The chapter on Obsession in Keesey's book, Brian De Palma’s Split-Screen: A Life In Film, delves into the highly intriguing biographical links between the film and De Palma's personal life:

Like Sandra, the young De Palma tended to idealize his mother and to demonize his father. If Michael, according to Elizabeth's diary, was "busy at work all day," so was De Palma's father. Elizabeth's feelings of abandonment ("sometimes I wonder if Mike loves me as much as his business") were then dealt a killing blow by the ultimate desertion-- his failure to pay the ransom money, which led to her death. Young Sandra felt equally deserted, sharing her mother's pain. We recall that it was Sandra's voice on the tape recording, pleading for her father to save them. As a result of his neglect, she vowed to get revenge and undertook a secret plot against Michael. As we know, De Palma's father compounded his workaholic "desertion" by sleeping with a nurse at the office, which led to a suicide attempt on the part of De Palma's mother. (She was saved by De Palma himself, who took her to the hospital.) De Palma then used the tape recorder his mother had given him for Christmas to try to avenge her, secretly capturing his father's phone conversations-- and later surreptitiously filming him-- to gather evidence of adultery so that his mother could divorce him. "I identify with the avenging child," De Palma once said in a direct comparison of himself to Sandra.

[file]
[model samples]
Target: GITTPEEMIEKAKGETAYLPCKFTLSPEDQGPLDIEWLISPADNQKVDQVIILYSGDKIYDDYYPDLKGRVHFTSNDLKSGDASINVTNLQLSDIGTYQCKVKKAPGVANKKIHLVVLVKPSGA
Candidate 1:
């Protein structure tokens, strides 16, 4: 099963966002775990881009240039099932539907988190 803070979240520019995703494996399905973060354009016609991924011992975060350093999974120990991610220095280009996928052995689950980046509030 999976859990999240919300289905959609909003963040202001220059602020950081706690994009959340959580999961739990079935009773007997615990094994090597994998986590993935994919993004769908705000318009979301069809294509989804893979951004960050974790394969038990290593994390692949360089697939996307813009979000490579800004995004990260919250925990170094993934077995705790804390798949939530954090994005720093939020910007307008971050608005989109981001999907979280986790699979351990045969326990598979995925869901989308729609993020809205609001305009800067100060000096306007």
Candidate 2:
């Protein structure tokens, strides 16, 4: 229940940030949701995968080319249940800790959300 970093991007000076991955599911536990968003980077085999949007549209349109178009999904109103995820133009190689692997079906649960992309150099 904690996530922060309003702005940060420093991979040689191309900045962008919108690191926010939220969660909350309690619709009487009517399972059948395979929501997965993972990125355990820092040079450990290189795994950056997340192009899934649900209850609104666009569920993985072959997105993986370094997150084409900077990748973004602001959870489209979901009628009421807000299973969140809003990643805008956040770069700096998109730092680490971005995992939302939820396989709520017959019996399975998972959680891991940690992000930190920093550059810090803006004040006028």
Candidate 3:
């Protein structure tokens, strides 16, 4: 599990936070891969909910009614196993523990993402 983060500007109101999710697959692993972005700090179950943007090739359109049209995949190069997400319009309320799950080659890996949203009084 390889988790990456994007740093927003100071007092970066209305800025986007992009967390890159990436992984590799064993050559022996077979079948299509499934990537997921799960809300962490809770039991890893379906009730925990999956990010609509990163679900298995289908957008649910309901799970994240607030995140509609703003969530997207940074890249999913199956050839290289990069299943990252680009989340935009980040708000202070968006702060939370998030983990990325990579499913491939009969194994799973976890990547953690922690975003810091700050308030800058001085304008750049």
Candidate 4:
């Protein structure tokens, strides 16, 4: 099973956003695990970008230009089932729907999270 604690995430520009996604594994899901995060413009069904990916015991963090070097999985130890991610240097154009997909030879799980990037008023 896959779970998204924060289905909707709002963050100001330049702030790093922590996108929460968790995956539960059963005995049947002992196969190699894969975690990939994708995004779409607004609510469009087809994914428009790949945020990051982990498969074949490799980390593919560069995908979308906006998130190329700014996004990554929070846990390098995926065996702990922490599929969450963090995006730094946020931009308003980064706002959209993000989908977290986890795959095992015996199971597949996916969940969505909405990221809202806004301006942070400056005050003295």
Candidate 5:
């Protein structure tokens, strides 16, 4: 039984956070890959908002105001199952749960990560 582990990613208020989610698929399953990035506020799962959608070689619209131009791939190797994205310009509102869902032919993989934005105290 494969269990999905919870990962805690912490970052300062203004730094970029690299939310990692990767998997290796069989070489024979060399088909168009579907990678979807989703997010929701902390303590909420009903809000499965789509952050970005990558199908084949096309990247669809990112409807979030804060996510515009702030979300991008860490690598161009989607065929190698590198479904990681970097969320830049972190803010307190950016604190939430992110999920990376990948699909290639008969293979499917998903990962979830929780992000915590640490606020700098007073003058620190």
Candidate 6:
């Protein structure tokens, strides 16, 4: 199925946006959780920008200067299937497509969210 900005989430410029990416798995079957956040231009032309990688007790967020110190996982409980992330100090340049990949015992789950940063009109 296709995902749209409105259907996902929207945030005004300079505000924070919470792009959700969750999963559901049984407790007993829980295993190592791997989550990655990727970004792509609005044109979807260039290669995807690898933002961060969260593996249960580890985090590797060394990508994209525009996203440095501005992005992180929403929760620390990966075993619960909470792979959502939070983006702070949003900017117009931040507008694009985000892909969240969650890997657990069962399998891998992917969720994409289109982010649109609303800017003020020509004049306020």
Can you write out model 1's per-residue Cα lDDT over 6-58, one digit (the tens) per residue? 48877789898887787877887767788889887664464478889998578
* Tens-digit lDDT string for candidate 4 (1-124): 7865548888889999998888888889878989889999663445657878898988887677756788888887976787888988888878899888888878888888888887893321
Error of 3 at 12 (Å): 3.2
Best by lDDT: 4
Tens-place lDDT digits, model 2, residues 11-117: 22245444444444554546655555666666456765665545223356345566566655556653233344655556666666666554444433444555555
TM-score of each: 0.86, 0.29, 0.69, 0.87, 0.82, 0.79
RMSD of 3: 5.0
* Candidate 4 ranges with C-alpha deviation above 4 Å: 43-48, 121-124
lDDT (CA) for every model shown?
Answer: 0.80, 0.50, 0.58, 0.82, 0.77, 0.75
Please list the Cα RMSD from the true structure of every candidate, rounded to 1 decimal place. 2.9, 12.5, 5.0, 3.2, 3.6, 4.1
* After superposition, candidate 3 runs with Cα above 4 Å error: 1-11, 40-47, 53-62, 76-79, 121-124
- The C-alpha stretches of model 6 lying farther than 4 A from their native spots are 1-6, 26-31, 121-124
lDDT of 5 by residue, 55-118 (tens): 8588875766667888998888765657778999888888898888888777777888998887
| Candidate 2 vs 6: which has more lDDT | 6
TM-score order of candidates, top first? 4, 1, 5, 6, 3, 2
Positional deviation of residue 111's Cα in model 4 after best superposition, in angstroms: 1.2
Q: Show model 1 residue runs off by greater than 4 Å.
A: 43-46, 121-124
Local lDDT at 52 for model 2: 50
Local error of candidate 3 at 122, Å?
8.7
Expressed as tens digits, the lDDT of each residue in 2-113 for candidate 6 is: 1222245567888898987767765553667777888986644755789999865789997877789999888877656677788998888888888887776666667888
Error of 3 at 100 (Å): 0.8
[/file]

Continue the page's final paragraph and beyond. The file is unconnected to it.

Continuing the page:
But the comparison doesn't stop there. Just as Sandra eventually realized how much her demonization of her father was due to Bob's manipulation of her to believe what he wanted her to believe-- the very worst about Michael's motives ("[He] just can't come up with the money, not for Elizabeth and not for you"), so De Palma came to see that "my mother had manipulated me": "My brothers and I had only had my mother's point of view, and she spoke of daddy as an outsider, leagued against us. She told us, 'He's the bad one; you, you're with me; blame him.'" In the children's eyes (Sandra's, De Palma's, and his brothers'), the father was as guilty and despised as the mother was innocent and idealized. (It is interesting to note that De Palma's brother Bart painted the portrait of Elizabeth that Sandra idolized.) However, both Sandra and De Palma later gained a more mature understanding to challenge their one-sided, childish perceptions of their fathers: "I gradually came to appreciate my father's point of view"; "in truth-- but I understood this only much later-- he was just a man who threw himself into his work so that he could forget his marriage troubles." Similarly, in Rebecca, Fontaine grows to understand that her husband/father figure Maxim isn't as demonic as she feared and her predecessor/mother figure Rebecca isn't as worthy of idolatry.

Posted by Geoff at 9:27 PM CST
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Tuesday, December 4, 2018
https://www.angelfire.com/de/palma/miabriandepalmafilm.jpgMoviefone's Phil Pirrello asks Christopher McQuarrie how he selects which clips to use in the opening titles of his two Mission: Impossible movies. "That's a really good question," McQuarrie responds. "If you look at the first Mission: Impossible -- Brian De Palma's -- he shows you every one of the characters that dies in the movie, in the order in which they die."